Could more have been done to save it?
The Dodge Dart’s life is about to end. We don’t expect to see it return for next year. Fiat Chrysler, who’ll also kill off the Chrysler 200 in the near future, will now focus more on Ram trucks and Jeep SUVs in order to remain profitable. We never thought the Dart was a bad car, but was simply underdeveloped, one of the main topics of our latest unboxing review. But the Dart does have a number of nice things prospective buyers should be aware of. For starters, it’s big inside. It may be considered a compact sedan but its interior space is nearly the same as many mid-size sedans. Styling?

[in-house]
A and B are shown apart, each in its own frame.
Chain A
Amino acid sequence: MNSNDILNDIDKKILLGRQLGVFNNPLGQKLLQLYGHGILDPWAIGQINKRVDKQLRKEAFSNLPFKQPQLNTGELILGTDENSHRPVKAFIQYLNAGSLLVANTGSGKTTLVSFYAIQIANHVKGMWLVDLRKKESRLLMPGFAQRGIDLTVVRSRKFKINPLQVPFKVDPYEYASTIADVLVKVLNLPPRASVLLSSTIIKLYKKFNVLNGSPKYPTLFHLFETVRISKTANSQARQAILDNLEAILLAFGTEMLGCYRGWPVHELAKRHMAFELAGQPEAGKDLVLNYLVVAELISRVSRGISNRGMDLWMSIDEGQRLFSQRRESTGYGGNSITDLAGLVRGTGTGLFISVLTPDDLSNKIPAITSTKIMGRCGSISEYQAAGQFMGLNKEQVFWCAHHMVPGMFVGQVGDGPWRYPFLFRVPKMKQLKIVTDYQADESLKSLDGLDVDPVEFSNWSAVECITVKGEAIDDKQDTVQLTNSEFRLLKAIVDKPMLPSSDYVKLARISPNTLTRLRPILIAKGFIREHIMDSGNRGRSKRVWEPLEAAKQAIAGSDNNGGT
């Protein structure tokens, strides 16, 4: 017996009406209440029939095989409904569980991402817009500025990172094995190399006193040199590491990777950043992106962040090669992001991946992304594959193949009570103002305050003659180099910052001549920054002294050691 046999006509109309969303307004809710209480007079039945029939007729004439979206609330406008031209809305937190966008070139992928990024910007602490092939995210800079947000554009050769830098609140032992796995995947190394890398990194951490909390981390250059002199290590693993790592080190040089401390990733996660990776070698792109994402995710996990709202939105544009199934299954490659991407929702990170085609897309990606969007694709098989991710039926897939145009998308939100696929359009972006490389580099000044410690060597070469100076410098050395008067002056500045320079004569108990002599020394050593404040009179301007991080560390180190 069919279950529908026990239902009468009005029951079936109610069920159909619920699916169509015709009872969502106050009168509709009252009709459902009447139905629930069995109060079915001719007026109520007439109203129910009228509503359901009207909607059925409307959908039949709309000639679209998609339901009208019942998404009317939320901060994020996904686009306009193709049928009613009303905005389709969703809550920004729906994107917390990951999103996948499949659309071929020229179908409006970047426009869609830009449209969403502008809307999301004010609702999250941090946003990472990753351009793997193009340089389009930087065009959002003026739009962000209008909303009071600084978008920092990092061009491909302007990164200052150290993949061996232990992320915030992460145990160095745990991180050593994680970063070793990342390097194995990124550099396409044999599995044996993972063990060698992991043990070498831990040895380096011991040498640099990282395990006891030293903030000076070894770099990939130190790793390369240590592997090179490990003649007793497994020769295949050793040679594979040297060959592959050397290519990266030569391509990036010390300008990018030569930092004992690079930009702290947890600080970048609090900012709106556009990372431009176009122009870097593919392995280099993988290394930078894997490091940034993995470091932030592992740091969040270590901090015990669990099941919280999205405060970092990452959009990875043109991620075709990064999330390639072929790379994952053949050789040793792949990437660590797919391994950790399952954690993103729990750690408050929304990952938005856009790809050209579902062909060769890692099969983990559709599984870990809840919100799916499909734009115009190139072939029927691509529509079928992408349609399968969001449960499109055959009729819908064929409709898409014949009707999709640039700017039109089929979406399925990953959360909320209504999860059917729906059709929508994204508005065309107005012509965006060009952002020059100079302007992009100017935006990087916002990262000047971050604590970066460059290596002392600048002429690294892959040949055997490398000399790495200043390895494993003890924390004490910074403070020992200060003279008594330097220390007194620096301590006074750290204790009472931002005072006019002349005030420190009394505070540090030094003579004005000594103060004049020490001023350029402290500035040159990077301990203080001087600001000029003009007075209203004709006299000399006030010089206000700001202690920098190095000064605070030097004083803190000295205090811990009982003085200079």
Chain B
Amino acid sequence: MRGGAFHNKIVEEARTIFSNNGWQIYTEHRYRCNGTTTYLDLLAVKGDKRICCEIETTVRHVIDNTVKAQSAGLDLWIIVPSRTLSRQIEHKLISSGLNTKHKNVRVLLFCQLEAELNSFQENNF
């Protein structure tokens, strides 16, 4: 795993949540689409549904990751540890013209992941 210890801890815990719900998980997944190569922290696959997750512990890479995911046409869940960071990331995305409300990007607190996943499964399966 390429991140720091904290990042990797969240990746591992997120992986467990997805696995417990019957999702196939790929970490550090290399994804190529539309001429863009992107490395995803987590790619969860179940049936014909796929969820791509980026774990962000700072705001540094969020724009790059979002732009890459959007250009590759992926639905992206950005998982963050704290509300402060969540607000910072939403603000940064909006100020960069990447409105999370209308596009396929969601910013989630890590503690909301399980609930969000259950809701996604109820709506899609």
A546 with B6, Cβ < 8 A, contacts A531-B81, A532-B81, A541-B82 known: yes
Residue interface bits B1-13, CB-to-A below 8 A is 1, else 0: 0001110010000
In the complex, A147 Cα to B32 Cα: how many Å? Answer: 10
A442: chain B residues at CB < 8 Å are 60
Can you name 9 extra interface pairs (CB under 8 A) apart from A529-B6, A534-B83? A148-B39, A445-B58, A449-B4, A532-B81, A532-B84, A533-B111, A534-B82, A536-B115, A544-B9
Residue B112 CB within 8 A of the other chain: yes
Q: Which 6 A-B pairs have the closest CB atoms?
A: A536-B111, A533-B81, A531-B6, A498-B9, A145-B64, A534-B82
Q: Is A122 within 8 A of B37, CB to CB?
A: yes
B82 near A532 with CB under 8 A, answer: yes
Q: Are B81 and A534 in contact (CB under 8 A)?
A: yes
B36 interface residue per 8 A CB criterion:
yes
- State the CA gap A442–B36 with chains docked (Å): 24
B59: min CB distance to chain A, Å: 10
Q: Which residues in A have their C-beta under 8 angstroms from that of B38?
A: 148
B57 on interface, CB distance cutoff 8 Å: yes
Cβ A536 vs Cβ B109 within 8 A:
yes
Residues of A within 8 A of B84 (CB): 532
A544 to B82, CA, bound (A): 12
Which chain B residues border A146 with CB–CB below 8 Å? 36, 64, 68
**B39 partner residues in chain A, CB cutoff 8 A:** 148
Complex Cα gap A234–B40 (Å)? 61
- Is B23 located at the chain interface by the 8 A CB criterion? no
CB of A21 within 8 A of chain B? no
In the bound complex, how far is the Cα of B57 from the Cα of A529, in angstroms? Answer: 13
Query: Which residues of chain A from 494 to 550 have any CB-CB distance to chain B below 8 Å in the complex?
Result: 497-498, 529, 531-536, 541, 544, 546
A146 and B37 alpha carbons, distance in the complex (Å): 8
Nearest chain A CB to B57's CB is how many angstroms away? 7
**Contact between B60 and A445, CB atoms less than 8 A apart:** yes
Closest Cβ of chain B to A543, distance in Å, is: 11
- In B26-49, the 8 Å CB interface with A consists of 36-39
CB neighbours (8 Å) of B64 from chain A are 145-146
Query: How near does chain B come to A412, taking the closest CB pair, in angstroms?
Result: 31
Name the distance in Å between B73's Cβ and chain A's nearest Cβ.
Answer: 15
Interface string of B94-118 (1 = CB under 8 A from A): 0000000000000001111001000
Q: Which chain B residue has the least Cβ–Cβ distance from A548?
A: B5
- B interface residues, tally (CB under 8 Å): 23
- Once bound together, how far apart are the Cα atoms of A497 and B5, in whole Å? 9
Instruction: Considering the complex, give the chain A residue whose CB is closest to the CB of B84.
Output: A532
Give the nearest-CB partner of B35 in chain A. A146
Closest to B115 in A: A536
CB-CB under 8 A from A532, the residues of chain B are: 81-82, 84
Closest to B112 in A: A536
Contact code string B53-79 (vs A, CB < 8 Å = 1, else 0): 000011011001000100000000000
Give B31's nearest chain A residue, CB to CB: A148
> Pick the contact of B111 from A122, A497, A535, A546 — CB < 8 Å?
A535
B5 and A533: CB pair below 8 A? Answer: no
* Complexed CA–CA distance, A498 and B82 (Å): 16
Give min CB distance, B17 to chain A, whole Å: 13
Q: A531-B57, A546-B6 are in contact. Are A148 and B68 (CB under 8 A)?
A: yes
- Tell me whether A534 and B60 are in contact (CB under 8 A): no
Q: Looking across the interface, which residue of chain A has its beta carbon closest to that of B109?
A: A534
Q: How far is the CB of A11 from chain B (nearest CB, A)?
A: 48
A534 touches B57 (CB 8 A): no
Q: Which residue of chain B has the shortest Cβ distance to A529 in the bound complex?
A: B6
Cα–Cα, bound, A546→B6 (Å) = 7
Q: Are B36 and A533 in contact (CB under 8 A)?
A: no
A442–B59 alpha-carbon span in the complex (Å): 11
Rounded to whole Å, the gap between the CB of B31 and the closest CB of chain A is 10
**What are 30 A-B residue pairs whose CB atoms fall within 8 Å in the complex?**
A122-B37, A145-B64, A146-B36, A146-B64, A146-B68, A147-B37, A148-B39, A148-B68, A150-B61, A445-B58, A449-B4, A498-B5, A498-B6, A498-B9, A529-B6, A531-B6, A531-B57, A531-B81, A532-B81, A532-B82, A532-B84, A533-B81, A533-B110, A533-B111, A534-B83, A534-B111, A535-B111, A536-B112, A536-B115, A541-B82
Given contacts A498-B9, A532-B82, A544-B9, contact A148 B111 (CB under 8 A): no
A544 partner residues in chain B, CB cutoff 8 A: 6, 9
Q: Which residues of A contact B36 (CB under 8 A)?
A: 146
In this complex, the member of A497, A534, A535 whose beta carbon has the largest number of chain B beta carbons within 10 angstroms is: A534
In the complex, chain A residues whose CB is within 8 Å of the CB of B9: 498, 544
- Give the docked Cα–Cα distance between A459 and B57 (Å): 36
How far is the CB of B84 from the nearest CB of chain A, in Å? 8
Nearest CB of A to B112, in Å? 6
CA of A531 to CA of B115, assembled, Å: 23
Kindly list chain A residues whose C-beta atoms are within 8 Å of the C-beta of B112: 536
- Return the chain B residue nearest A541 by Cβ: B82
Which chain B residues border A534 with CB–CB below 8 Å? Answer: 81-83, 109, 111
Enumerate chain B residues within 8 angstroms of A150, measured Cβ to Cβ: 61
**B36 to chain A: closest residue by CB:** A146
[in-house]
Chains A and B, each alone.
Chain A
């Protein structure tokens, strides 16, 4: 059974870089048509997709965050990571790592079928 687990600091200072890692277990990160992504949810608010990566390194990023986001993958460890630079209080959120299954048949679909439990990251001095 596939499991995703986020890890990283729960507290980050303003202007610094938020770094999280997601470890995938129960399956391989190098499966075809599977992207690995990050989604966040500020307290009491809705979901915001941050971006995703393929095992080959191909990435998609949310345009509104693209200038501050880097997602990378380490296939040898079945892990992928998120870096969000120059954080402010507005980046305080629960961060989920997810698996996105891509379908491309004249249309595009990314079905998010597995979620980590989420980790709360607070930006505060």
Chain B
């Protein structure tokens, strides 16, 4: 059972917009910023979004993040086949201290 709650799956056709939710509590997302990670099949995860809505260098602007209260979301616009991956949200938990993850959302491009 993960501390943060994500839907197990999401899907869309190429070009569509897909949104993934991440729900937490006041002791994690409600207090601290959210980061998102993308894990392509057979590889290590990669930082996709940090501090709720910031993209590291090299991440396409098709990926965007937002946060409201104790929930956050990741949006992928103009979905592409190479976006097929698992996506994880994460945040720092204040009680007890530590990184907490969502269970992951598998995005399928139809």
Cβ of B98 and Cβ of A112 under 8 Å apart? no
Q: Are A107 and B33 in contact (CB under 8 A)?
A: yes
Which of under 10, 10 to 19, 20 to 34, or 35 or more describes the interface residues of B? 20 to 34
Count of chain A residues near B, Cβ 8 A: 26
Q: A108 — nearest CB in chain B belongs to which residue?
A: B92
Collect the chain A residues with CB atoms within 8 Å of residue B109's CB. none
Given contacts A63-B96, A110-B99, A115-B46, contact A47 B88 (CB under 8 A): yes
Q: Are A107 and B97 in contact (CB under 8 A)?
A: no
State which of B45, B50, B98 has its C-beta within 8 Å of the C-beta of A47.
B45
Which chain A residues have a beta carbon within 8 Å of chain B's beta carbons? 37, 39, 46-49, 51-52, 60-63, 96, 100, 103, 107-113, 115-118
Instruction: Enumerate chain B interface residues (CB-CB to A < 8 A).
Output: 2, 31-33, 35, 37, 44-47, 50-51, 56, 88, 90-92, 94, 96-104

We happen to really like its looks inside and out, especially that wicked cool LED taillight design that’s very similar to what’s found on the Charger and Challenger. So what’s wrong with the Dart? Why didn’t it manage to sell the way FCA had hoped for?
Simple. The engine and transmission choices. Our car was powered by a 2.4-liter four-cylinder paired to a six-speed automatic. This is the combo we’d opt for instead of the base engine or the optional turbo four that’s mated to a clunky dual-clutch transmission. And because the Dart is checking out soon, perhaps now is the best time to buy one for anyone looking for a killer deal. Special thanks to Folsom Lake Chrysler, Dodge, Jeep, and Ram for letting us film the car.